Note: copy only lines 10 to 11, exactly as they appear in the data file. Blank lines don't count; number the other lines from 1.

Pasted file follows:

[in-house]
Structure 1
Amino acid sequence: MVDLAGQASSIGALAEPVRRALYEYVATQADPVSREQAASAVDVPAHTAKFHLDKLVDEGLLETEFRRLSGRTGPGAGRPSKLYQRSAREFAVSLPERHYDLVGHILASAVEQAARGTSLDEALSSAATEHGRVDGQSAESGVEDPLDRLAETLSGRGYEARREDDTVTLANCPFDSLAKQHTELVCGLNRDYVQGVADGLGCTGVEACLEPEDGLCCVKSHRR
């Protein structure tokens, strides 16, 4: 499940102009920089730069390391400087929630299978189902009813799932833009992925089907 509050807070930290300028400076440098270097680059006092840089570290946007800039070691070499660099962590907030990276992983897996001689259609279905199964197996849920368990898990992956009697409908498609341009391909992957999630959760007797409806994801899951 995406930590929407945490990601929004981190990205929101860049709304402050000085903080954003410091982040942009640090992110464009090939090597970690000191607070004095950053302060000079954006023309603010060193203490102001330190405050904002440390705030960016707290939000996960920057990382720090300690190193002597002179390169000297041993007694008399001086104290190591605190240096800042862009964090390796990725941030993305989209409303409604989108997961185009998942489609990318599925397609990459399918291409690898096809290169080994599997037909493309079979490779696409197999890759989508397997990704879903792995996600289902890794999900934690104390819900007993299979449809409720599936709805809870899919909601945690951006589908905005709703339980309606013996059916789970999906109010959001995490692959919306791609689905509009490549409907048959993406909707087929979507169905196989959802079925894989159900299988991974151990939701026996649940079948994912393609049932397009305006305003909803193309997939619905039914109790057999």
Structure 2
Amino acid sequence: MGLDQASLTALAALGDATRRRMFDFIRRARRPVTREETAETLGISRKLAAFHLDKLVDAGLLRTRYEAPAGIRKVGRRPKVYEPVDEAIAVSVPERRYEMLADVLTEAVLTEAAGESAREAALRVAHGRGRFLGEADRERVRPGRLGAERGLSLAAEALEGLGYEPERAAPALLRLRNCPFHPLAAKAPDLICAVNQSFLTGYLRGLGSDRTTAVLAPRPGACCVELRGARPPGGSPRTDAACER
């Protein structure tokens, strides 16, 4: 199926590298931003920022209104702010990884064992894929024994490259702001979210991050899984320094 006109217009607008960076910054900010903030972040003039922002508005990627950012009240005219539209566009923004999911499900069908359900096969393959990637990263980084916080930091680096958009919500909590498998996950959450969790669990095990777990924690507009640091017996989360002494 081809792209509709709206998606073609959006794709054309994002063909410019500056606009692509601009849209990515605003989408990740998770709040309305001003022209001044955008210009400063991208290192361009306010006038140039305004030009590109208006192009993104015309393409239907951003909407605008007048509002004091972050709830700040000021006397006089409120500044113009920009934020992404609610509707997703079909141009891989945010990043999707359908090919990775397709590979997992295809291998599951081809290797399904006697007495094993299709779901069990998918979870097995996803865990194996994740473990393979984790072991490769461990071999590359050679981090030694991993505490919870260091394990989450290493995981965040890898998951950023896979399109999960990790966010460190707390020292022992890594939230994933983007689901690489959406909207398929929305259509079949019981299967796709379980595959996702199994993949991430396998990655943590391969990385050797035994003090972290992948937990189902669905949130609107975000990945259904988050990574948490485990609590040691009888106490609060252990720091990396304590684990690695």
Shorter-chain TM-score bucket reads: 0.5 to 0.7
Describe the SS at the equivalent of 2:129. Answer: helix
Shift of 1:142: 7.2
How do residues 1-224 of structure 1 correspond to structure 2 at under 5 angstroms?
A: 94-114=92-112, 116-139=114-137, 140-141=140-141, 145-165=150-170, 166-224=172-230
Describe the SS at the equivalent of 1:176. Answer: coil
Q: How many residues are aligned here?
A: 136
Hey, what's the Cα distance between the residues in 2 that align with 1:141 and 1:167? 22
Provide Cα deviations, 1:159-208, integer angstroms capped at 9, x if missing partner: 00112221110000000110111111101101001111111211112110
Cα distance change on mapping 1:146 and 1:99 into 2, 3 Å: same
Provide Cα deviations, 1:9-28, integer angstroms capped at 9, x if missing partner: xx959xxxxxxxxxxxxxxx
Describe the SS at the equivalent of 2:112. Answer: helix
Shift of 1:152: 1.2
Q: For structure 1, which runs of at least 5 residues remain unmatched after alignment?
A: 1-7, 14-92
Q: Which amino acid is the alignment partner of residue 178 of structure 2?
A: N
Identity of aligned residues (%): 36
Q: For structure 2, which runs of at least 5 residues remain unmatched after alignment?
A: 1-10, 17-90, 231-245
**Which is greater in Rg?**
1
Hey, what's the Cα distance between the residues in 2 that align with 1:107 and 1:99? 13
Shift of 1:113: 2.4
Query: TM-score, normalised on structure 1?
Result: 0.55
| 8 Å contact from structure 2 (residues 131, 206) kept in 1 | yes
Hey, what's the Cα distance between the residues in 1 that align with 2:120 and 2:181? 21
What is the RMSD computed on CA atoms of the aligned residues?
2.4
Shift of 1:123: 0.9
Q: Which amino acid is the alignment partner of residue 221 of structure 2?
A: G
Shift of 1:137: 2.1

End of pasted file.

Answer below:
Shift of 1:142: 7.2
How do residues 1-224 of structure 1 correspond to structure 2 at under 5 angstroms?